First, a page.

The Justice Department's Civil Rights Division sent a letter to Arizona Senate President Karen Fann (R) on Wednesday detailing concerns it has over private contractors performing an audit of the November presidential election in Maricopa County.
Last month, the GOP-controlled state Senate used subpoenas to get the 2.1 million ballots cast in Maricopa County during the election, as well as voting machines and private and public voter information. The Senate hired private contractors to conduct the audit, now underway in Phoenix, seeking a recount of all ballots and a review of the voting machines and voter information to search for evidence of potential fraud, The Arizona Republic reports.
The main contractor is Cyber Ninjas, a cybersecurity firm based in Florida whose CEO spread "Stop the Steal" conspiracy theories ahead of the Jan. 6 Capitol riot. The Arizona Democratic Party and Maricopa County Supervisor Steve Gallardo filed a lawsuit to try to stop the audit, saying it lacked transparency and clear procedures on how to protect the ballots, and several civil rights organizations have asked the Justice Department to send federal monitors to Phoenix to oversee the audit.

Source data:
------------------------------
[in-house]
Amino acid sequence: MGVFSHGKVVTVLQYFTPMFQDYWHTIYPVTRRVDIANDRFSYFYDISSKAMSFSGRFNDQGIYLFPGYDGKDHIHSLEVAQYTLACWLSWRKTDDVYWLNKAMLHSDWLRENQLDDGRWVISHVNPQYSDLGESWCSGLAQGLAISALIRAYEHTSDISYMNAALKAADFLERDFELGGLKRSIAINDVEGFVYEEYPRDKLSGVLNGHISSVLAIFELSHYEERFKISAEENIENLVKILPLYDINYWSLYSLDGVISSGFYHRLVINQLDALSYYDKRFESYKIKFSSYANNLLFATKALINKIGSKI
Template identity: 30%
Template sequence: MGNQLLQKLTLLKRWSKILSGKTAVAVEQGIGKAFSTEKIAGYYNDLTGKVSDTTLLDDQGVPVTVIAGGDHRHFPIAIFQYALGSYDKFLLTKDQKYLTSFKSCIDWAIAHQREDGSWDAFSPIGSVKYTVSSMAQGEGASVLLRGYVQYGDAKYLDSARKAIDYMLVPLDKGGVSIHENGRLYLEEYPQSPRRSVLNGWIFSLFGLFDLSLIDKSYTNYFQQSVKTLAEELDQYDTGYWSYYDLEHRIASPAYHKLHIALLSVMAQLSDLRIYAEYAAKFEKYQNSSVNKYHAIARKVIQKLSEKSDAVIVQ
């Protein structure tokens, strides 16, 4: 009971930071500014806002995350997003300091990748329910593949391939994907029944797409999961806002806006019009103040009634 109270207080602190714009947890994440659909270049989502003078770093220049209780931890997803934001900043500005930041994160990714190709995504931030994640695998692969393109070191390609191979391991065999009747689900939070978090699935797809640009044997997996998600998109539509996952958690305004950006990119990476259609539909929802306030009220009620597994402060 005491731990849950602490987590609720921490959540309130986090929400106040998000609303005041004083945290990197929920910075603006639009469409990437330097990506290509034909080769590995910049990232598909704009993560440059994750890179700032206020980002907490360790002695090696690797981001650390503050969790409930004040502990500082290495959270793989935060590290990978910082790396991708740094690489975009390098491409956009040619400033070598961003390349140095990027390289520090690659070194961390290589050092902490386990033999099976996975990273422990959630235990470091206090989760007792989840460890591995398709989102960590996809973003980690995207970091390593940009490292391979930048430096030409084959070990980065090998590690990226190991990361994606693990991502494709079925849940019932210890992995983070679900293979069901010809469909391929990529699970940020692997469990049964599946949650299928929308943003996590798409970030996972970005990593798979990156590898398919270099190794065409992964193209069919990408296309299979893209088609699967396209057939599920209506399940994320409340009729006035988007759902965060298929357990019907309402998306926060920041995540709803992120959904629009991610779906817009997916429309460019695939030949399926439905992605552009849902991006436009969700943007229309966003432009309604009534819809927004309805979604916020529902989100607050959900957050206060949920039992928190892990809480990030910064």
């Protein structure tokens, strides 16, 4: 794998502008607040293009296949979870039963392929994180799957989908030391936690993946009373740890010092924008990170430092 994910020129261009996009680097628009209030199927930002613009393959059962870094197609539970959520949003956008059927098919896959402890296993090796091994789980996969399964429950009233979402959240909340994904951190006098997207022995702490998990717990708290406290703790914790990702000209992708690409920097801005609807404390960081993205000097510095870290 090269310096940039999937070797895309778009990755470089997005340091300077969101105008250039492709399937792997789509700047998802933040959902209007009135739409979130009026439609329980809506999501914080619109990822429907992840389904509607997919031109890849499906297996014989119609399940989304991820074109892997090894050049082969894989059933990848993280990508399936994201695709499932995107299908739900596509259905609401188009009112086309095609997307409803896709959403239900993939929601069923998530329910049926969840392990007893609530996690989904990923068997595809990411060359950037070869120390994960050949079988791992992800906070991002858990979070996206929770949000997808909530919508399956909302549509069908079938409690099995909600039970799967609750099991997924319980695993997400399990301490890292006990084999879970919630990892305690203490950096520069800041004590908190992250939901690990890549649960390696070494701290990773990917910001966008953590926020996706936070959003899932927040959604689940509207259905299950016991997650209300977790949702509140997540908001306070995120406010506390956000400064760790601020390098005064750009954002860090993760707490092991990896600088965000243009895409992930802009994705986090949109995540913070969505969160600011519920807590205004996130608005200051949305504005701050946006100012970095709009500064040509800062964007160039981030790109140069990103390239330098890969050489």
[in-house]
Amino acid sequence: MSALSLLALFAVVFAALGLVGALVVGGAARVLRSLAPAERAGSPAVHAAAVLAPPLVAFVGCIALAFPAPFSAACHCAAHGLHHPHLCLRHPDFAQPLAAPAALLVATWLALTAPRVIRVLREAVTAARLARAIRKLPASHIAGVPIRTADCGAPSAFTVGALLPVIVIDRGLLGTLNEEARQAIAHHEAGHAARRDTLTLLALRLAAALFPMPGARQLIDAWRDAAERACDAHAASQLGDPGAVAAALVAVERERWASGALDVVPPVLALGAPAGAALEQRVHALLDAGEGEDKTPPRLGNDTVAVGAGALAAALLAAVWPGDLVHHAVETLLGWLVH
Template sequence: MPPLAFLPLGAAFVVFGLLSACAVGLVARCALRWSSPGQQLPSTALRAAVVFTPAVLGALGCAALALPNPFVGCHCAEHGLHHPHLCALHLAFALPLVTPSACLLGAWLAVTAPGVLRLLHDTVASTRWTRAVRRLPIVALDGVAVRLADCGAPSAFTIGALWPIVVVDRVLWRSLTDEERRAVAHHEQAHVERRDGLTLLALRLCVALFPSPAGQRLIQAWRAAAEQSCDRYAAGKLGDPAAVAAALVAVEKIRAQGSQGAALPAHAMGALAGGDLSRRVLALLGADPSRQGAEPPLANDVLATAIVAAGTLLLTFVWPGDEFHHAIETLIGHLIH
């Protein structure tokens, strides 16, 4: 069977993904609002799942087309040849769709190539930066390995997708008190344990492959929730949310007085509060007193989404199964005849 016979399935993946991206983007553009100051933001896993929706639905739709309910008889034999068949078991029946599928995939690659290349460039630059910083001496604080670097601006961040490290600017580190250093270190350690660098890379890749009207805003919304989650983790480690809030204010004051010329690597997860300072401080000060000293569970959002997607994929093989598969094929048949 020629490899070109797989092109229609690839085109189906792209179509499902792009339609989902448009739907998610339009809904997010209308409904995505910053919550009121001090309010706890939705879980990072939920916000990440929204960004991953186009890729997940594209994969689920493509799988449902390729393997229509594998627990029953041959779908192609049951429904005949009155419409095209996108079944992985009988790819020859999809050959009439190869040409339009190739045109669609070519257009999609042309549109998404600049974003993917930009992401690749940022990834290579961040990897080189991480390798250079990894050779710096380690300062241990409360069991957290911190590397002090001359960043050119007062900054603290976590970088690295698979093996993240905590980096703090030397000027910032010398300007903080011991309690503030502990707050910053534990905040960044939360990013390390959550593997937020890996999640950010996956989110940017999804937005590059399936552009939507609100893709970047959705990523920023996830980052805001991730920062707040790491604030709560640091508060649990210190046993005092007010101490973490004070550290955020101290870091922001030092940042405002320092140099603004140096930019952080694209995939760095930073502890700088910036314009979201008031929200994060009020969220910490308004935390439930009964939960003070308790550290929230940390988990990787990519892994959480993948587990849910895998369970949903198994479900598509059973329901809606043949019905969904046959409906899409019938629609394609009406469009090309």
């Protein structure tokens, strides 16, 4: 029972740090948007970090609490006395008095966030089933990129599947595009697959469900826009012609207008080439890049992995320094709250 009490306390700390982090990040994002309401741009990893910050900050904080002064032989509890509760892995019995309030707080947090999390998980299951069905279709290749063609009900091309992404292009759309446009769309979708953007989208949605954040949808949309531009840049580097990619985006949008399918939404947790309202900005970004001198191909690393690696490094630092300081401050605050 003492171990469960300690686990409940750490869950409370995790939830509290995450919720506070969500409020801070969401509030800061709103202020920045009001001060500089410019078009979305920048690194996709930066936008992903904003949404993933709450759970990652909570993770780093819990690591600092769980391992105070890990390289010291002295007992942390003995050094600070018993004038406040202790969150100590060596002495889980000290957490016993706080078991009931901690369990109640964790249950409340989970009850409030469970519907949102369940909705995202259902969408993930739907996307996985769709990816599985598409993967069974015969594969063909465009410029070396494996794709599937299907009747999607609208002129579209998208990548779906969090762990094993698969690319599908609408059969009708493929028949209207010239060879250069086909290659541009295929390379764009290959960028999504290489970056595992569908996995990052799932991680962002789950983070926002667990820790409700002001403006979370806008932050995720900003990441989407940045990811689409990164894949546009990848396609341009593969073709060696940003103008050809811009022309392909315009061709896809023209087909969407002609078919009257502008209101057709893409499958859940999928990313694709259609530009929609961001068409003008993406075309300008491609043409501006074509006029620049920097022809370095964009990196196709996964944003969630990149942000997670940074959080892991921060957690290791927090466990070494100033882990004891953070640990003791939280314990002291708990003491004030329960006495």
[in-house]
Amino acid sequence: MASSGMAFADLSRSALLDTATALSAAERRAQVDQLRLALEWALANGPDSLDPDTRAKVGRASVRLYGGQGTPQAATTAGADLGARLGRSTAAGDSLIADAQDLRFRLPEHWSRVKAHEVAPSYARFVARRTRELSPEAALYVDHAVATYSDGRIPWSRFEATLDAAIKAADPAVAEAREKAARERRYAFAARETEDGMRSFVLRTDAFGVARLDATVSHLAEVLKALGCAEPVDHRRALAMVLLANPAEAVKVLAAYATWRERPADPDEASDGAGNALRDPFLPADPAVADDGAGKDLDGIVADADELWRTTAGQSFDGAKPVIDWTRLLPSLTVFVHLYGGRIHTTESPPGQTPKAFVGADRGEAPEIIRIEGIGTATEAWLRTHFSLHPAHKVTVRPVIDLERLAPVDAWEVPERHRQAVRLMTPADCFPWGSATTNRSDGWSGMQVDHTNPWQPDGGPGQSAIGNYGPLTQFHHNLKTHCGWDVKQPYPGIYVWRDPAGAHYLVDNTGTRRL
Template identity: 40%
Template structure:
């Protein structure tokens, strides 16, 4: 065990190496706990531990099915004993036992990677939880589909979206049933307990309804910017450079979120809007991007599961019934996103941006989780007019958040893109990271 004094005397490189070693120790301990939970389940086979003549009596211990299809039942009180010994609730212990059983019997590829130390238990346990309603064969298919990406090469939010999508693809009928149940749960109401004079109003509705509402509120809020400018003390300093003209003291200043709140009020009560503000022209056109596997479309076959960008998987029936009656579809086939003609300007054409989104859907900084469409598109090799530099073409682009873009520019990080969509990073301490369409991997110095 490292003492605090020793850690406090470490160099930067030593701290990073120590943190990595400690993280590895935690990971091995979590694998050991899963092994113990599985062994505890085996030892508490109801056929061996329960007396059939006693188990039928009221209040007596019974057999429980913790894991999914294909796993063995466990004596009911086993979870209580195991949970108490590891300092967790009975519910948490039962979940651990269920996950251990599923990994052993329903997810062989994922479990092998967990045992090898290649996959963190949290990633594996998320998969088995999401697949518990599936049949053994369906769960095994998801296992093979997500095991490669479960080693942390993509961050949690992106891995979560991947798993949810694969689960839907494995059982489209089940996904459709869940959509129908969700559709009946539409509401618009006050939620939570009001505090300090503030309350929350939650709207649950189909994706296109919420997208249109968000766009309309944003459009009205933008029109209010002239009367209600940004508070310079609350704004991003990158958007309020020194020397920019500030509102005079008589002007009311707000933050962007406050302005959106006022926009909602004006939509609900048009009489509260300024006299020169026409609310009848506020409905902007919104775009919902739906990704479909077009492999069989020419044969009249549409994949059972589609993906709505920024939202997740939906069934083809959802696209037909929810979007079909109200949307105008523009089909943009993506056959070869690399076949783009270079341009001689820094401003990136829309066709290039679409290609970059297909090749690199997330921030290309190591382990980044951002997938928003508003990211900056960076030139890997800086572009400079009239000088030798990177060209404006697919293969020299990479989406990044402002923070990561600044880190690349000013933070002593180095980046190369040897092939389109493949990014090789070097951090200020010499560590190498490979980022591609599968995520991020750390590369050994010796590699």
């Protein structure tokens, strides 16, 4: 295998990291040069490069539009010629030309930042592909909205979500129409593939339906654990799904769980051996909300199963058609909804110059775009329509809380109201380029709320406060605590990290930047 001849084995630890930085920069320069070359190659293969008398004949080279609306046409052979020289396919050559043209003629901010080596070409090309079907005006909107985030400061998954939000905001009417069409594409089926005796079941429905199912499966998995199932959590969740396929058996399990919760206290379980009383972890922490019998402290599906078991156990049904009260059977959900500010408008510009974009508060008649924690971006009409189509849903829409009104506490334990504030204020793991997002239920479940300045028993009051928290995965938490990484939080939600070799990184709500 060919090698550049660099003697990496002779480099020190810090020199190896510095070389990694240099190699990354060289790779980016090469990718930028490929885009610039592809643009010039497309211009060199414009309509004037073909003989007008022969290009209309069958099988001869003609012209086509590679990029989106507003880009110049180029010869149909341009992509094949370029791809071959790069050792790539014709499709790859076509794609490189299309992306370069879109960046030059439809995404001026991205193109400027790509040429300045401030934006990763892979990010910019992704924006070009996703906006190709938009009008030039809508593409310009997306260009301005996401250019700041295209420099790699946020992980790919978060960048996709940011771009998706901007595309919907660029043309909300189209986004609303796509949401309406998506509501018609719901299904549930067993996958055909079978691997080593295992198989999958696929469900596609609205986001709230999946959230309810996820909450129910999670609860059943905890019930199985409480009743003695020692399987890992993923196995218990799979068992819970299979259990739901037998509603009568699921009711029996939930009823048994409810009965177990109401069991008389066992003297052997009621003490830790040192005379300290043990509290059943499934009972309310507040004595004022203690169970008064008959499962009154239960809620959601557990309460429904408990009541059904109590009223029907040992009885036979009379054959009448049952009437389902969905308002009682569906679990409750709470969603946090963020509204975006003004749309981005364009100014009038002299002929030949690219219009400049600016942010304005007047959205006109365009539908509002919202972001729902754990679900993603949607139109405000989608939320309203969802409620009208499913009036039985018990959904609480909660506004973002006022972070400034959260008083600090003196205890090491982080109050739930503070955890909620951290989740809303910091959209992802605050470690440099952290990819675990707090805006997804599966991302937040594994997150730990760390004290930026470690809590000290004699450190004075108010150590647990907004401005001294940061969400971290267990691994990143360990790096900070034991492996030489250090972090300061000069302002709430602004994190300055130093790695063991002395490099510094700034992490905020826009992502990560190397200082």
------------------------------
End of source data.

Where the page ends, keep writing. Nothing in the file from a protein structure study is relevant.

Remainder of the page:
The letter from the Justice Department to Fann was sent by Pamela Karlan, the principal deputy assistant attorney general in the Civil Rights Division. She said the DOJ is concerned about reports that the ballots, voting machines, and voting information are not secure and at risk of being "lost, stolen, altered, compromised, or destroyed." Additionally, in its work plan, Cyber Ninjas told the Senate it will contact voters via phone and in person to "collect information on whether the individual voted in the election." This could be seen as voter intimidation, Karlan wrote, which is illegal.
Karlan asked Fann to respond with "the steps that the Arizona Senate will take to ensure that violations of federal law do not occur" during the audit. Fann told The Arizona Republic the Senate's attorney is working on a response to Karlan.